Even though this is probably an extreme example, keep in mind that it’s probably been quite some time since they’ve cleaned those shelves.
Checkout conveyor belts
Placing your groceries on those checkout conveyor belts doesn’t make you cringe a little every single time you go food shopping? Most of the time, they look and are visibly dirty.
“The main area for bacteria to harbor is certainly around the registers,” Costello says, citing the fact that they’re such high-traffic areas.
It’s almost impossible to ever see those conveyor belts clean, considering how many people can be in line everyday.
“These areas are touched by multiple customers, employees included, and the conveyor belt is filled with germs and bacteria from food and hands,” Costello warns.
The register area
According to Hales, there is a silver lining when it comes to conveyor belts, considering the fact that they’re an obvious spot for germs. Sometimes they look dirty, even if they probably get cleaned more often than any other areas that don’t regularly look as dirty.
While Hales says that his employer actually did keep the belts pretty clean, “I don’t recall anyone ever cleaning any other portion of the register or bagging area (except perhaps the item scanning base).”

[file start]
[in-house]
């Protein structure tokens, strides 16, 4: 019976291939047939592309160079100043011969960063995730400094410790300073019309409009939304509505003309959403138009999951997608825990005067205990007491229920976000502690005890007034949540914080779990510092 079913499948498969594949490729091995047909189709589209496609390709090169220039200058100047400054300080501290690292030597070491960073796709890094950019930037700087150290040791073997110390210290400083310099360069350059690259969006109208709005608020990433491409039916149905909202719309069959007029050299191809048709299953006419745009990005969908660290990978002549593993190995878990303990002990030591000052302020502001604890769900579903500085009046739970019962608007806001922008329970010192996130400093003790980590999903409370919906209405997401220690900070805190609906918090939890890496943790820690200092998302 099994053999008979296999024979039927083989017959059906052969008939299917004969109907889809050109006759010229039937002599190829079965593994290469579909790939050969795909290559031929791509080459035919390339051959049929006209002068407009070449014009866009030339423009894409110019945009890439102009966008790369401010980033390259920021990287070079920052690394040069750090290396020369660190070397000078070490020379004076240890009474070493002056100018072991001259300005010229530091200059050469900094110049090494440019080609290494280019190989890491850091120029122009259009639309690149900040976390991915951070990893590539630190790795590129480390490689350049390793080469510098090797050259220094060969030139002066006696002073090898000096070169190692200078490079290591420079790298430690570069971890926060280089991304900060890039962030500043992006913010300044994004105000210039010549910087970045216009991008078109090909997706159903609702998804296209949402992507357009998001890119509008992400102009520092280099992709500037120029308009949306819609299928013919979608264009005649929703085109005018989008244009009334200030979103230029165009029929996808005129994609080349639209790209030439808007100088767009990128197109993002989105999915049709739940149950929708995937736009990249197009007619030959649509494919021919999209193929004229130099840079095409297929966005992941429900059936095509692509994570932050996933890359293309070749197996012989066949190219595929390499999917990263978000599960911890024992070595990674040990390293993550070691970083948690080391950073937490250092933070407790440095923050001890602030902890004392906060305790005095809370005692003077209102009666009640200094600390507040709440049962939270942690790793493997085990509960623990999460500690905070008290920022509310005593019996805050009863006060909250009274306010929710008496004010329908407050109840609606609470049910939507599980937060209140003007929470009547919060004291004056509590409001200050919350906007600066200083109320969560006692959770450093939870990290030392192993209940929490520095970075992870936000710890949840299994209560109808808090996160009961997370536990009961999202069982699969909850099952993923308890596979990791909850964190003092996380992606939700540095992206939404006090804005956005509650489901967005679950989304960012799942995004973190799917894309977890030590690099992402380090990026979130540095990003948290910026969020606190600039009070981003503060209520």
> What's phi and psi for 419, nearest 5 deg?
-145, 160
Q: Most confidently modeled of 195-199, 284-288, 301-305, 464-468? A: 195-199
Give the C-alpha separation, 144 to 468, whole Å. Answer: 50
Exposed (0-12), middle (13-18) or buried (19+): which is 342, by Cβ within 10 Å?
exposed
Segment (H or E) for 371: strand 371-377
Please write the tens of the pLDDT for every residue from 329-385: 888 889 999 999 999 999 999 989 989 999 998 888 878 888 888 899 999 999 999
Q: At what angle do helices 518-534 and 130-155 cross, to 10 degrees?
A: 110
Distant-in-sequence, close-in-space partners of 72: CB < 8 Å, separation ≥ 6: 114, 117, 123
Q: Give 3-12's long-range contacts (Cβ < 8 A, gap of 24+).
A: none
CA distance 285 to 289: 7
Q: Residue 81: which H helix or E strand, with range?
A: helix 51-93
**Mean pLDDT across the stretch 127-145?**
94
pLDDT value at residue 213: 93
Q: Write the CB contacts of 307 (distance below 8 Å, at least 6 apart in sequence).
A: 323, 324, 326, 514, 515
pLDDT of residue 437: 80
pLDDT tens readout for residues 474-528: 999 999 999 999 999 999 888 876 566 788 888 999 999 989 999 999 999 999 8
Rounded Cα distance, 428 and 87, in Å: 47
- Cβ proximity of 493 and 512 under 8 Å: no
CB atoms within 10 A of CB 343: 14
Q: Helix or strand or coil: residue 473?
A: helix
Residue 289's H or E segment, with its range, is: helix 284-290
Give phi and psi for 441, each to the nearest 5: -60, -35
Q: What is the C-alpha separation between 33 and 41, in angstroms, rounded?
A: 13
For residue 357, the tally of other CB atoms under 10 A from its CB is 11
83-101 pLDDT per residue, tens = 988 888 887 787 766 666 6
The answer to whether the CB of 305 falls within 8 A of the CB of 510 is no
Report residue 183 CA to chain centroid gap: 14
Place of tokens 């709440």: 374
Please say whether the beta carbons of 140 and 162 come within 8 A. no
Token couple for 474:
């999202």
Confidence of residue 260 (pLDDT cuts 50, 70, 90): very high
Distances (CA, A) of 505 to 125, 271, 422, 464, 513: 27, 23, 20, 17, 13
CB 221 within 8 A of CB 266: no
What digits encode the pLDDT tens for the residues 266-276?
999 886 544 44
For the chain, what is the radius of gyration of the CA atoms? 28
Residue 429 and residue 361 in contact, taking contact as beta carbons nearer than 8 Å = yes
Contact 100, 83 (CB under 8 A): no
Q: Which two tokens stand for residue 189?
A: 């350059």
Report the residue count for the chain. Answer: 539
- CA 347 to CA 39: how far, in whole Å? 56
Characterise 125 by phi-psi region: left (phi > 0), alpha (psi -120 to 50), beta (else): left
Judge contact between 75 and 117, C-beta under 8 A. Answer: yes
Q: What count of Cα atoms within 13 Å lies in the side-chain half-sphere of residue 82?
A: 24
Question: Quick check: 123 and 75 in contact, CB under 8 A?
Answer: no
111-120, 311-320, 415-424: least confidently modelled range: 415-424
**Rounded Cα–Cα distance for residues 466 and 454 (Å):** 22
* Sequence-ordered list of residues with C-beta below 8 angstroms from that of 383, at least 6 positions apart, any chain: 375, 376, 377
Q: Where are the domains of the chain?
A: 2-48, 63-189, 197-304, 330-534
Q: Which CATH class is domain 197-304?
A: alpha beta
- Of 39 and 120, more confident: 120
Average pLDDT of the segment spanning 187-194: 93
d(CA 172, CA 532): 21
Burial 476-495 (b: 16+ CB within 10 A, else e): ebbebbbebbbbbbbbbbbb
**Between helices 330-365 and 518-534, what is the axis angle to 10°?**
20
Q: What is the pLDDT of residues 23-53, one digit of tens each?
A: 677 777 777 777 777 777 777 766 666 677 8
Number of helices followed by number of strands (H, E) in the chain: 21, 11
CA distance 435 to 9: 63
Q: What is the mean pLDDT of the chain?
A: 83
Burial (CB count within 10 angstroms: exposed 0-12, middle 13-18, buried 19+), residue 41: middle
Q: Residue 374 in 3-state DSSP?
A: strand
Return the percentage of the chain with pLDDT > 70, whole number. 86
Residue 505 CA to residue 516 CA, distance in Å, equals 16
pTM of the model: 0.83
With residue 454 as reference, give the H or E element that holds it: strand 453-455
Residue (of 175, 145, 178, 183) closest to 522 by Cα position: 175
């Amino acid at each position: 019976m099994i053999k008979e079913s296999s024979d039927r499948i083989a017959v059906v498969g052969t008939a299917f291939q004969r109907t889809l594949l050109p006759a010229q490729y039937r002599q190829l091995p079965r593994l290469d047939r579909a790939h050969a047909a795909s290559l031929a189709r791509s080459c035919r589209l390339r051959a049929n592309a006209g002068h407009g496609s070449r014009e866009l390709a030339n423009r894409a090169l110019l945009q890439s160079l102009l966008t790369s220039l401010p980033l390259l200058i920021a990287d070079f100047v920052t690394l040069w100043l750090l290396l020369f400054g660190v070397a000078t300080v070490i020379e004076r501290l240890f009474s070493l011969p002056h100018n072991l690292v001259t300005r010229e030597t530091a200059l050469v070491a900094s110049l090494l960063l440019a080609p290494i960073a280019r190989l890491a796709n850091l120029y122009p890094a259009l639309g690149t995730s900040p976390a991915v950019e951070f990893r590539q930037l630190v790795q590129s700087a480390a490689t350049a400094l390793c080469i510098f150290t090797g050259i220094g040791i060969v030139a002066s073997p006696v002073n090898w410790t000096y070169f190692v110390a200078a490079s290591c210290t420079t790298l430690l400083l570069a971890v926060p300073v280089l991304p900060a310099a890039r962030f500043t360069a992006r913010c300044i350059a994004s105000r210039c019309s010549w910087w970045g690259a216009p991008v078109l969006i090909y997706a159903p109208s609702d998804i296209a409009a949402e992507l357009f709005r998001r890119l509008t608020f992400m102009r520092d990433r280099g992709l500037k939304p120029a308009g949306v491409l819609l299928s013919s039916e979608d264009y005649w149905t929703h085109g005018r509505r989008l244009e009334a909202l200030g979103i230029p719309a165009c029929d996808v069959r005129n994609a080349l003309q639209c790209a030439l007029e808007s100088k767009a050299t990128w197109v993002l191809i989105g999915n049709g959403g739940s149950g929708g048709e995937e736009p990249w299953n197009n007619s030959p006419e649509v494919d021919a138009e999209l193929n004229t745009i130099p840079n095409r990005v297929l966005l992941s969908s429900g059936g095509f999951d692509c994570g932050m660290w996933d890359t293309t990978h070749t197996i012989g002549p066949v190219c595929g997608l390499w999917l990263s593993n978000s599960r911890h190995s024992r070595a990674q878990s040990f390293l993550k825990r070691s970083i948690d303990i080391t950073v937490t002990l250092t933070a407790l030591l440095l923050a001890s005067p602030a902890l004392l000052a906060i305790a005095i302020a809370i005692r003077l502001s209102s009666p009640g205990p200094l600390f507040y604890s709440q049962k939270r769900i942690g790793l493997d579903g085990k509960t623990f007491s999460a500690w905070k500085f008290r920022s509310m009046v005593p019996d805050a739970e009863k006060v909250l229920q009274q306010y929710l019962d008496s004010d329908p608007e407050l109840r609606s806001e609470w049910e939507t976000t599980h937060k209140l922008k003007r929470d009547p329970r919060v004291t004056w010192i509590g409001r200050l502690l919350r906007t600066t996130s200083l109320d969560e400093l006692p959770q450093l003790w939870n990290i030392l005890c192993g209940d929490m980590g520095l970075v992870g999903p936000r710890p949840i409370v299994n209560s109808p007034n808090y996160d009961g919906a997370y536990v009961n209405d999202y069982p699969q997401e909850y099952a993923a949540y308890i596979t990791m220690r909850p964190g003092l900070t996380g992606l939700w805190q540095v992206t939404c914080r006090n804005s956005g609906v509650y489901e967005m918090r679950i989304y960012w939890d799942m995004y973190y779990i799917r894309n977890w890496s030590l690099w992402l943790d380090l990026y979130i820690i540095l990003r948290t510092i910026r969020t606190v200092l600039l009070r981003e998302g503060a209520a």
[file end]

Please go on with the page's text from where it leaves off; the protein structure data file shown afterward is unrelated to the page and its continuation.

Glass cases stains and dirt is a little mre prominent and visible.
“The glass doors in the freezer section are often so covered with dirty fingerprints that you [have] to open the doors just to see what’s inside,” Backe says.
While this is, of course, annoying to see, it can also be unsanitary: “This means that the spread of germs from the door to the item you’re about to pick up is practically inevitable.”
He also notes that, if this isn’t the case at your local supermarket, it is a pretty good sign that the rest of the store is clean and above average in terms of cleanliness.
This shouldn’t come as a surprise. Carts and their handles on which you spend most of your grocery session holding, don’t get cleaned as often as you’d think. And it’s not just the handle that is full of viruses.
“In my three years at the grocery store, I never once witnessed any employee significantly clean any cart,” says Derek Hales, the Editor-in-Chief of Modern Castle, who spent three years working at a popular Midwestern supermarket.
“Our only instructions were to remove any bags, items, or papers left behind. The carts were never cleaned beyond that,” he adds.
Make a habit out of carrying some wipes or hand sanitizer with you when you go grocery shopping.
“A quick wipe-down of the grocery cart handle, or sanitizing your hands before and after entering the store, could make a difference in whether you pick up these germs or not,” Costello suggests.
Another area that is full of germs. You probably saw many statistics about how many germs are lurking on your smartphone. Just imagine how many they are on a self-checkout screen that gets touched by so many people every day, specifically, people who “have been casually picking up and handling produce, packaged meats, money, and shopping carts,” adds Dr. Nidhi Ghildayal, PhD, a Public Health Researcher at the University of Minnesota.
“In general, screens are not sanitized often enough to keep up with the number of shoppers that pass through,” Dr. Ghildayal says.
However, this is another potentially germy situation that you can avoid by carrying wipes with you to add a buffer between you and the germs.